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her grandmother died, she had sat beside her bed this way. Her grandmother had been so afraid in the days before she died – that was the worst thing about her death, that it was such a long time coming – and the fear in her eyes. A tear had slipped from her eye at the exact moment she stopped breathing, running down towards her ear and neck. But Eskil hadn’t had time to grieve his death – he probably hadn’t had time to think a single thought. Or perhaps he had lay there for a while on the wet ground before he died. She had no idea. Did she have any reason to grieve? Twenty years had passed – she knew so little about him, his life, how things had turned out for him. Perhaps he had become someone other than the man she had known. Somewhere along the way he had found a woman, younger than him, settled down with her. He probably no longer stood at the centre of the room, drawing the attention of young girls. Somewhere there was a woman and three children who were in shock, parents who were in shock in the tiny village close to the Russian border. Yesterday he was alive, and now he was dead, and she couldn’t think about it – she could not think about it – because then something inside her would break, and it still hadn’t done so just yet. In the beginning, they had met once or twice a week. In her diary she wrote about how hopeless it all was, that they would never make it as a couple, that it didn’t mean anything, that it was just a fling. She had used the word fling. This fling made her feel elated – she had never experienced anything like it before, never before had anyone really seen her this way – and there’s something cocky about these early diary entries. This is crazy, it won’t last, she wrote, and: We don’t know what to do, as if the both of them were utterly perplexed, and not just her. She felt sorry for the person she was back then – the skinny girl who had just left home and hadn’t yet learned how to talk about her feelings. Who was doing everything she could – even in her own diary – to keep herself afloat and not drown. On the following Wednesday she was supposed to give him a call some time in the evening – that was the plan. The day stretched out ahead of her like a desert. They had a lecture on Woolf and modernism, but she couldn’t concentrate – thought only of him. This sense of unreality – that her heart wasn’t singular and located in her chest, but that she had many small hearts all around her body, in her ears, her fingers, her groin, tiny hammers pounding against her skin. Was this what it was like to be a guy, she wondered – to think about only one thing? She’d had sex with him – not once, but many times. To think that she hadn’t known about this before, an entire world behind the curtain, a new way of experiencing the world. It felt as if a glazed layer covered her eyes; she blinked, but couldn’t get rid of it. Everything within her pulled in one direction – everything in her wanted only to Translation copyright © Alison McCullough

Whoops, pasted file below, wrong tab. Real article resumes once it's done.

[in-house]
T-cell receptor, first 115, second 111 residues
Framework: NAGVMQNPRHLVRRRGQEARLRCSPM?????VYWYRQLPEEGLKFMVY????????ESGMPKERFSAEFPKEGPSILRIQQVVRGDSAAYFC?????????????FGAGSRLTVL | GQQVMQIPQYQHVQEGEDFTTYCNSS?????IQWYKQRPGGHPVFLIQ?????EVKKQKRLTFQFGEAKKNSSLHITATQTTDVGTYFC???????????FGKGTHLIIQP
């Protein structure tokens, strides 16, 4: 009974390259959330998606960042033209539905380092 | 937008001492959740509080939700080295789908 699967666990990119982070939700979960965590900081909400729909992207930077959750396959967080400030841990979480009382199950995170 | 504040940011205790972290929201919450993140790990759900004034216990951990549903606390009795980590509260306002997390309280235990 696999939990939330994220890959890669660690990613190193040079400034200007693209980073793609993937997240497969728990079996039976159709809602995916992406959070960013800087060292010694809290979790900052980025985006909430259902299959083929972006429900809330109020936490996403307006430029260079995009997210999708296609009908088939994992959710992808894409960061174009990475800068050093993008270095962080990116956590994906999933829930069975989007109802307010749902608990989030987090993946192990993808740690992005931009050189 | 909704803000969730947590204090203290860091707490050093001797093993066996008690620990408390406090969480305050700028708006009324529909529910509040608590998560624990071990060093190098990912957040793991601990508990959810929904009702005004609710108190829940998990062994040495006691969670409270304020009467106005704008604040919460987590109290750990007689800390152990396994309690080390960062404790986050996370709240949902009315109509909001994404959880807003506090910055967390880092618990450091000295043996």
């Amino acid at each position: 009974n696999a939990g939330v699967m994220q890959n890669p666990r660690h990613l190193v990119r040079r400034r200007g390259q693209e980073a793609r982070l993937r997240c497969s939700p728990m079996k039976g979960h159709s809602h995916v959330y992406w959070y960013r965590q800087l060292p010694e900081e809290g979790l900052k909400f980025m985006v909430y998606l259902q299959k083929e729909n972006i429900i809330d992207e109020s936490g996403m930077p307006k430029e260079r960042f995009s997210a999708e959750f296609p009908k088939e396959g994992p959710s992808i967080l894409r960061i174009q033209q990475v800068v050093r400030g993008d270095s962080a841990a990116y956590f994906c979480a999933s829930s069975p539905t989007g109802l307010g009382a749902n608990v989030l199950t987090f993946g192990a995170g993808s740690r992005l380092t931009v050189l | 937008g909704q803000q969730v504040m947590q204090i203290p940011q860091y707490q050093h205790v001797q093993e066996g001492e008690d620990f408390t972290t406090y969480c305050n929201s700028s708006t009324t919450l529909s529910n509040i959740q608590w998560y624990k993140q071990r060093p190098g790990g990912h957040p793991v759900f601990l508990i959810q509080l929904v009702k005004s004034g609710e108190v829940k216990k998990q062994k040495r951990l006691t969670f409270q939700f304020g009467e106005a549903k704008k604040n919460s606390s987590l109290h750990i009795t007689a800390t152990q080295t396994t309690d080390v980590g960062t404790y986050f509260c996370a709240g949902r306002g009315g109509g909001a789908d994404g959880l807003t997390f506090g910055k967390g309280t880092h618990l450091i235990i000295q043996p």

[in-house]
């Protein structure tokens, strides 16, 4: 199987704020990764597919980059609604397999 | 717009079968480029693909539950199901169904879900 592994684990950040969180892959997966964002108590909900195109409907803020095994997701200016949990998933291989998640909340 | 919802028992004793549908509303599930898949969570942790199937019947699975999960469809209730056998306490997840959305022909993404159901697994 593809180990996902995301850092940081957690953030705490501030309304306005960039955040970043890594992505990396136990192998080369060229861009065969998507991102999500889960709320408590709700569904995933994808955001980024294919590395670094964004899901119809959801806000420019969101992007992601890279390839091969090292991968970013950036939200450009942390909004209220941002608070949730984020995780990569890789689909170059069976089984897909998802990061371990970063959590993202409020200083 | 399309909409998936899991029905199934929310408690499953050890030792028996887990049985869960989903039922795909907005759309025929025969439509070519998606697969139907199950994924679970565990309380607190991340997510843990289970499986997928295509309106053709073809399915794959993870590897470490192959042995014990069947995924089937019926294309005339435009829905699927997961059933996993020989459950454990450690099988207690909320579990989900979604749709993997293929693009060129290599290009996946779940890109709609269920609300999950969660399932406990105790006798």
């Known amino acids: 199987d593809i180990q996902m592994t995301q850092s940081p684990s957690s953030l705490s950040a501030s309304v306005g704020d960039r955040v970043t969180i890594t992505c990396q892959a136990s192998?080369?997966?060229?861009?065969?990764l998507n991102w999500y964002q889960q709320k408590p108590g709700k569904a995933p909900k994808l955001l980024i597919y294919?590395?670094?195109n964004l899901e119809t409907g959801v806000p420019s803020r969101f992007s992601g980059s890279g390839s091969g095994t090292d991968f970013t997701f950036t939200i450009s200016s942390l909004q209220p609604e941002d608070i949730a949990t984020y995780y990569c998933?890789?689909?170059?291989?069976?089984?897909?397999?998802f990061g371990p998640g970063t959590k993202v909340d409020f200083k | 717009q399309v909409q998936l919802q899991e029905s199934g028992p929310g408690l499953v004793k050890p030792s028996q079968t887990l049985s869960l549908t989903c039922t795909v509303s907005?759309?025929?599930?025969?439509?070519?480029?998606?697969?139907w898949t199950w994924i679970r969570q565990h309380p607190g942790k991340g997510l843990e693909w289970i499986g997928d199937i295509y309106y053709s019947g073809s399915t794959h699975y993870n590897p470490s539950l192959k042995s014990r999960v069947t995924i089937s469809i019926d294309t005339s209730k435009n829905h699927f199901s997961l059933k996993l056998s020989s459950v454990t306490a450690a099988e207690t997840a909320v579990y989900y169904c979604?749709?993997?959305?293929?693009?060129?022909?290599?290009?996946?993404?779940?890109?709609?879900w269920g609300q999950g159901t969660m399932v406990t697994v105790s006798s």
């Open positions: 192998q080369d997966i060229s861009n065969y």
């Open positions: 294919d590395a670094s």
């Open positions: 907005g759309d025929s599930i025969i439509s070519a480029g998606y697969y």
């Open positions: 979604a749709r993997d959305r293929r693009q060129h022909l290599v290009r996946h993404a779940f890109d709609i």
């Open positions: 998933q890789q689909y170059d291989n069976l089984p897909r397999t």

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go up there, up into the hills, up to his tiny apartment, but there were still hours to go until their agreed time, and after the lecture and study group were over she and some of the others went into town to see Hamlet at the cinema, as their drama lecturer had encouraged them to do. She sat between Julie and Lars – the film went on and on, and it wasn’t bad, it wasn’t that, but her body ached to jump out of the chair, out into the sun, to be in a place where she could simply wait for him, for the moment to come. Kenneth Branagh in the dark, hurrying away, fleeing the king’s men. He almost trips over a grave, and the gravedigger merrily bids him welcome and brings out a skull. It was the old fool, Yorick’s, here hung those lips that I have kissed I know not how oft, and later it was only this that remained – Kenneth Branagh’s calm yet emotional monologue with the skull in his hand, the skull of a man he had loved as a child, who he had clambered on as a child. When they finally emerged from the auditorium and came out onto the street, it was like ascending from a great darkness. She hurried home on her bike, dizzy with hunger, ate some pasta, waited until two minutes past six – and then called him. She said she really wanted him to come to her place – didn’t want a repeat of the previous week, when she’d almost missed an important lecture. She could sense his hesitation. Well, or, we don’t have to meet up today, she said. No, no – I’ll be there, he said in his slightly drawling dialect. She felt the power in the fact that he was coming to her, that he wanted to see her so badly. Cold air seeped in from the narrow window by the telephone. They lived in what had once been office premises, there was only the three of them there – her, Camilla and Helge. Below them was a workshop; to the south a little shopping centre where she sometimes bought wine and flowers at weekends. Down by the fjord, a road ran in the direction of an industrial area; behind a fenced-in patch of ground strewn with wrecked cars was the motorway with all its tiny lights, one of its arteries heading into the city and up towards the university. Every day she took the bus from a bus stop on the other side of the road, and often stayed in the reading room until late in the evening. The university building was situated far out in the countryside; from the reading room she could look out across a field where cows wandered and grazed. Sometimes, she would fall asleep at her reading room desk – she read everything, but didn’t understand what she was supposed to be reading for, what her lecturers wanted from her. There was some code she hadn’t cracked – she was aware of that – but she didn’t know how to get inside it, into the theory, or to where the theory was more than theory; how she should knead it and shape it and make it her own – express it in a way that would render her understood. Sometimes it was as if there was a membrane between her and the world, her and the lecturers. The texts could Translation copyright © Alison McCullough